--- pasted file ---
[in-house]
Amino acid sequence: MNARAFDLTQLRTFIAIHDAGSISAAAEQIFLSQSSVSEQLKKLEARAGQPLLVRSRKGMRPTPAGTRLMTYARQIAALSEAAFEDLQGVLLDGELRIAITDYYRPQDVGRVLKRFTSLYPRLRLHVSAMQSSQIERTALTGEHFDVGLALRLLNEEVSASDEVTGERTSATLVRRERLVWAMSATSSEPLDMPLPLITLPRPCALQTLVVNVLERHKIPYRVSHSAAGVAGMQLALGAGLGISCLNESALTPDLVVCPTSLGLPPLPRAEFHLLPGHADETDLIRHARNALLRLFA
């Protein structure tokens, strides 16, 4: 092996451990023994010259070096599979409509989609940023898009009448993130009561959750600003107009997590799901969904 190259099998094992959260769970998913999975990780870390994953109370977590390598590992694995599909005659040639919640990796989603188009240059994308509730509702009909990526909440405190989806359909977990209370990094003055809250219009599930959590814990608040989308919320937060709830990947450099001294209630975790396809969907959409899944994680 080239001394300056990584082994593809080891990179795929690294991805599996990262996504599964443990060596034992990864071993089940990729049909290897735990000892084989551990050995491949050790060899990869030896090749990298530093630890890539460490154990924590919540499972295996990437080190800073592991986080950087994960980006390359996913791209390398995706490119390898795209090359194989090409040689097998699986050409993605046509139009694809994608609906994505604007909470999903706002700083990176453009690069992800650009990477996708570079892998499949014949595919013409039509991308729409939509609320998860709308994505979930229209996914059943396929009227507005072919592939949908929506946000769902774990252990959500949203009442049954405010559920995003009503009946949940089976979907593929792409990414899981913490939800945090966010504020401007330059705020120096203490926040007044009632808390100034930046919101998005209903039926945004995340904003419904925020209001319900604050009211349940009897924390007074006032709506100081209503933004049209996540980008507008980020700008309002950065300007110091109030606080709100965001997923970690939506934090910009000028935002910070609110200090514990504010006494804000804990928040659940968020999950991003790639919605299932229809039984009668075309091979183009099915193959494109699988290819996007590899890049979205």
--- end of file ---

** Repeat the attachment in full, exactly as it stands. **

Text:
[in-house]
Amino acid sequence: MNARAFDLTQLRTFIAIHDAGSISAAAEQIFLSQSSVSEQLKKLEARAGQPLLVRSRKGMRPTPAGTRLMTYARQIAALSEAAFEDLQGVLLDGELRIAITDYYRPQDVGRVLKRFTSLYPRLRLHVSAMQSSQIERTALTGEHFDVGLALRLLNEEVSASDEVTGERTSATLVRRERLVWAMSATSSEPLDMPLPLITLPRPCALQTLVVNVLERHKIPYRVSHSAAGVAGMQLALGAGLGISCLNESALTPDLVVCPTSLGLPPLPRAEFHLLPGHADETDLIRHARNALLRLFA
């Protein structure tokens, strides 16, 4: 092996451990023994010259070096599979409509989609940023898009009448993130009561959750600003107009997590799901969904 190259099998094992959260769970998913999975990780870390994953109370977590390598590992694995599909005659040639919640990796989603188009240059994308509730509702009909990526909440405190989806359909977990209370990094003055809250219009599930959590814990608040989308919320937060709830990947450099001294209630975790396809969907959409899944994680 080239001394300056990584082994593809080891990179795929690294991805599996990262996504599964443990060596034992990864071993089940990729049909290897735990000892084989551990050995491949050790060899990869030896090749990298530093630890890539460490154990924590919540499972295996990437080190800073592991986080950087994960980006390359996913791209390398995706490119390898795209090359194989090409040689097998699986050409993605046509139009694809994608609906994505604007909470999903706002700083990176453009690069992800650009990477996708570079892998499949014949595919013409039509991308729409939509609320998860709308994505979930229209996914059943396929009227507005072919592939949908929506946000769902774990252990959500949203009442049954405010559920995003009503009946949940089976979907593929792409990414899981913490939800945090966010504020401007330059705020120096203490926040007044009632808390100034930046919101998005209903039926945004995340904003419904925020209001319900604050009211349940009897924390007074006032709506100081209503933004049209996540980008507008980020700008309002950065300007110091109030606080709100965001997923970690939506934090910009000028935002910070609110200090514990504010006494804000804990928040659940968020999950991003790639919605299932229809039984009668075309091979183009099915193959494109699988290819996007590899890049979205």